Basically, in Fantasyland the market dynamics of the best priced, best built solution would prevail just like in the real world consumer market that we business users are currently living in. We may be talking about Fantasyland but here in the real world we are seeing examples of business units taking more control of their IT environments and telling corporate IT to go away… more on that in a future post.

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10 thoughts on State of Affairs in Enterprise IT – Part 1

  1. Hi Jeff. This is excellent. Can’t wait for part II. The early data coming in suggests we are far off from realizing your Fantasyland scenario. How long will it take before business units can dictate their own technology terms and choices?

  2. Jeff, we will keep on arguing about this. 80% of most CIO budgets are spoken for with SAP, Oracle, Verizon, IBM, etc etc – the top 25 vendors. You can blame the CIO for having picked them in the first place, but while it is fashionable for start ups to blame the CIO, the reality is there is not much new budget for start ups till the top 25 vendors reduce their entitlement spend. Show the CIO how to squeeze out the bigger guys, not just snipe at him.

  3. I am quite sure we will keep arguing about it… but we’re pretty much used to that as the normal state by now. 🙂

    I do have another post I am mentally organizing about how big upgrades from MISO are putting the stranglehold on anything innovative because of the risk IT takes on with these upgrades and the large $$ that get committed in the process.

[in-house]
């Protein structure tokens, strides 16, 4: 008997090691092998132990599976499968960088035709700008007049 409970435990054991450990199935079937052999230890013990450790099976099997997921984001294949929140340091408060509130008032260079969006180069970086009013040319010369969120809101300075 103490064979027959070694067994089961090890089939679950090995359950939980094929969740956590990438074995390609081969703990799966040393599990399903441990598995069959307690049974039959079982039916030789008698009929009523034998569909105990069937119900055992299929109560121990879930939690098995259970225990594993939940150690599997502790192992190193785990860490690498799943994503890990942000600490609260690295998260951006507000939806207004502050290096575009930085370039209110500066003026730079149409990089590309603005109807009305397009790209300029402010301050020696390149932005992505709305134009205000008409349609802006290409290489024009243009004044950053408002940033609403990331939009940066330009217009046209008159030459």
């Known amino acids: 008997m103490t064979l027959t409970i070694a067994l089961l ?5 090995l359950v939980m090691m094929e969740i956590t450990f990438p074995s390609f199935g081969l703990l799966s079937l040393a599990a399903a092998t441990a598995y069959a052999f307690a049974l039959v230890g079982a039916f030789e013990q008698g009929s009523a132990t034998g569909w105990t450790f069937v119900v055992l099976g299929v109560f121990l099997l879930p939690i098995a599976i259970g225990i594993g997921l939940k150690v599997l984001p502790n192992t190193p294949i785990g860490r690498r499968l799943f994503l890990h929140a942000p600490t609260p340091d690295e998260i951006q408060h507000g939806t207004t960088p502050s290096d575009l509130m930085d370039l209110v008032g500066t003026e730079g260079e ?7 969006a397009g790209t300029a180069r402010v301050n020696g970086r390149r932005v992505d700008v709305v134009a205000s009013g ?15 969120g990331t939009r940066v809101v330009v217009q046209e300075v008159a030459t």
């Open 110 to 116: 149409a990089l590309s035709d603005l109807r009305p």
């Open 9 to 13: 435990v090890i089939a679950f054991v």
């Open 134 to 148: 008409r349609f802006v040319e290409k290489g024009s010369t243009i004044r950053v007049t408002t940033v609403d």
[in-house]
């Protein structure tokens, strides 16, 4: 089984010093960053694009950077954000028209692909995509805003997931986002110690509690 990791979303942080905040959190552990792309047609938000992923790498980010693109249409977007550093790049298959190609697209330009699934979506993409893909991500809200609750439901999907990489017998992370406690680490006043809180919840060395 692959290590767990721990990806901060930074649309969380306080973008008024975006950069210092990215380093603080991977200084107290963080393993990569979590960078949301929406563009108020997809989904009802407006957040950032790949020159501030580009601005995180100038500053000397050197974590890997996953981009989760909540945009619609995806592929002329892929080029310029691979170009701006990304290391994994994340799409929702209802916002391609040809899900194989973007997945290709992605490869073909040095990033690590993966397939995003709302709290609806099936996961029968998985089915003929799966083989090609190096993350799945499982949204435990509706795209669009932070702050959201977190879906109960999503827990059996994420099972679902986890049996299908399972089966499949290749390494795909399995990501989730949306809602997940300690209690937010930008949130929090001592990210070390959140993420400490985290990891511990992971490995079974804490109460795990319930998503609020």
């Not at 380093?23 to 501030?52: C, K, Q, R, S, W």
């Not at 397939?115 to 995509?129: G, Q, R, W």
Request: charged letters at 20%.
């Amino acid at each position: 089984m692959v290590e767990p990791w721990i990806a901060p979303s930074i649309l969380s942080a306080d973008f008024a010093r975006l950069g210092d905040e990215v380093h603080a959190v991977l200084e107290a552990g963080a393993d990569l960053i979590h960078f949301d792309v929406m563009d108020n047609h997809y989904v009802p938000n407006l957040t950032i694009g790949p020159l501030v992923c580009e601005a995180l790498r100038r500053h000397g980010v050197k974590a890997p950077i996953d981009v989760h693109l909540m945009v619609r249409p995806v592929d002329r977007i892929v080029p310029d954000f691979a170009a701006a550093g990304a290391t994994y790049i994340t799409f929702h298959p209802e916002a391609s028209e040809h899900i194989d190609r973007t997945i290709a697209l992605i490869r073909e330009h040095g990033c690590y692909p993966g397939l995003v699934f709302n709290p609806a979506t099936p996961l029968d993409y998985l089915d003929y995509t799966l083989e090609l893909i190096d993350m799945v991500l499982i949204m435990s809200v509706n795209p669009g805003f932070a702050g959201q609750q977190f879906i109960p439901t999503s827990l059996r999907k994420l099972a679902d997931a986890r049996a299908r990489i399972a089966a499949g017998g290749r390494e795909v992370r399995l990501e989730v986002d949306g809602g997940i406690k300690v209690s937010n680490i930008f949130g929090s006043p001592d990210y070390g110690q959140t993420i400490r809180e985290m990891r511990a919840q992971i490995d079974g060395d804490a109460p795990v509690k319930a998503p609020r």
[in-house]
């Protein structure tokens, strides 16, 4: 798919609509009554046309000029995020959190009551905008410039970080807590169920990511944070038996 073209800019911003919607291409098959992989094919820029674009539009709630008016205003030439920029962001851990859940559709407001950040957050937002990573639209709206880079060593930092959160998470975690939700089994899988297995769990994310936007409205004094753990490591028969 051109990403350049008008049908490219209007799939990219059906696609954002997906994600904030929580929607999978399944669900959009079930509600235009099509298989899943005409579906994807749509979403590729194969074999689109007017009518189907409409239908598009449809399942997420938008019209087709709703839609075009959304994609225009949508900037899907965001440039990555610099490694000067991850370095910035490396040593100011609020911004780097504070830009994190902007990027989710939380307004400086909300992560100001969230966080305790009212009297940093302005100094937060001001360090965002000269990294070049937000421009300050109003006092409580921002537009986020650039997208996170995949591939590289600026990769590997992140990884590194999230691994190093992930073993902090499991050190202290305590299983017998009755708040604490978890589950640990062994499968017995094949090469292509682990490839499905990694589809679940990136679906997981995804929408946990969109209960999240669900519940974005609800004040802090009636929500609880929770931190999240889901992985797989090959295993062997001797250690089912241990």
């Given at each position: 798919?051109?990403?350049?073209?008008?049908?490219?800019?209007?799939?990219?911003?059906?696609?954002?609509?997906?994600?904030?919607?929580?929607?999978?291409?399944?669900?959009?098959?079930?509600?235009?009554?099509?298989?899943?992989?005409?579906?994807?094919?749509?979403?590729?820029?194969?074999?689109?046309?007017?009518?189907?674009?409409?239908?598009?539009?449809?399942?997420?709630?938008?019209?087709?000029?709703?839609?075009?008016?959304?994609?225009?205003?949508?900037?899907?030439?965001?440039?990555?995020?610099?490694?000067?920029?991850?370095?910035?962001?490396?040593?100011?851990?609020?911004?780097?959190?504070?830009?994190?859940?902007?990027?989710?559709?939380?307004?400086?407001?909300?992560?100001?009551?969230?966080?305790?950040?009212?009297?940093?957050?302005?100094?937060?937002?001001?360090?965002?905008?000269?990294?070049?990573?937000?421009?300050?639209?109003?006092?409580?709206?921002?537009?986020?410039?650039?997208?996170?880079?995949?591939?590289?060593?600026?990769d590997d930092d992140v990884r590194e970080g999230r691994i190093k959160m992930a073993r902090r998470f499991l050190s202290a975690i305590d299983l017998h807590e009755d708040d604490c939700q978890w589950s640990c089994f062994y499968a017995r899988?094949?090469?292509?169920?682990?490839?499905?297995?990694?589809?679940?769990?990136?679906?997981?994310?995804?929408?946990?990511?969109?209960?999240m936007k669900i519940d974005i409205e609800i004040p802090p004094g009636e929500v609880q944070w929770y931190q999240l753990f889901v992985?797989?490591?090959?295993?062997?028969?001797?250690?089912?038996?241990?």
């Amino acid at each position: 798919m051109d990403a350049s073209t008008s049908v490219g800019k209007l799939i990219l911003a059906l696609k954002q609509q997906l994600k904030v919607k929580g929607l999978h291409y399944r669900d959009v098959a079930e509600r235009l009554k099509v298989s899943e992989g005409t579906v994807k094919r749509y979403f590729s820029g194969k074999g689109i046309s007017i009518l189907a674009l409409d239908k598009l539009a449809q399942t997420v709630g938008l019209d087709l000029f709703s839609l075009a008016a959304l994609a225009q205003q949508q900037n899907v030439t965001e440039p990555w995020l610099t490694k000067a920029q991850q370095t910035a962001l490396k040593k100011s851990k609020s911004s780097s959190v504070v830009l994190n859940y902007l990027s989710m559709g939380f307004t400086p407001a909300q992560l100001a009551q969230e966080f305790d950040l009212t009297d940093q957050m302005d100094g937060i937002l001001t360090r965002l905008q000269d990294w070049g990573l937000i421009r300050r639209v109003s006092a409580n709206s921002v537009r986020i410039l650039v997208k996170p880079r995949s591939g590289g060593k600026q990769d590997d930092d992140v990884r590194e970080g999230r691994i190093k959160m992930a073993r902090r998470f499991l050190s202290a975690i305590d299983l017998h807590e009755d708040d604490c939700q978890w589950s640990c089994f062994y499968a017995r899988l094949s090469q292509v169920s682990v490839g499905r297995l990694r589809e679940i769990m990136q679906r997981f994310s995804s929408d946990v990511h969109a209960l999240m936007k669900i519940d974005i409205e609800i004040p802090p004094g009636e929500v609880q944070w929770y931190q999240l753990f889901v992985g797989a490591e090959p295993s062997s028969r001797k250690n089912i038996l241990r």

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  9. Hi Jeff

    Good points. But I would say that all your points would address only one sector of enterprise IT applications.

    I would broadly categorize enterprise applications as follows –
    A) Applications used by business users but non-critical. If they go down doesn’t mean you can’t do business (HR, ERP, CRM)
    B) Applications used by business users but critical (Trading apps in an investment bank)
    C) Applications used by external customers (internet banking application in a retail/corporate bank)

    You have addressed (A) in this post. I would say that (B) and (C) would still be developed and controlled internally as they provide the competitive advantage which is lost once you start using services offered by somebody else.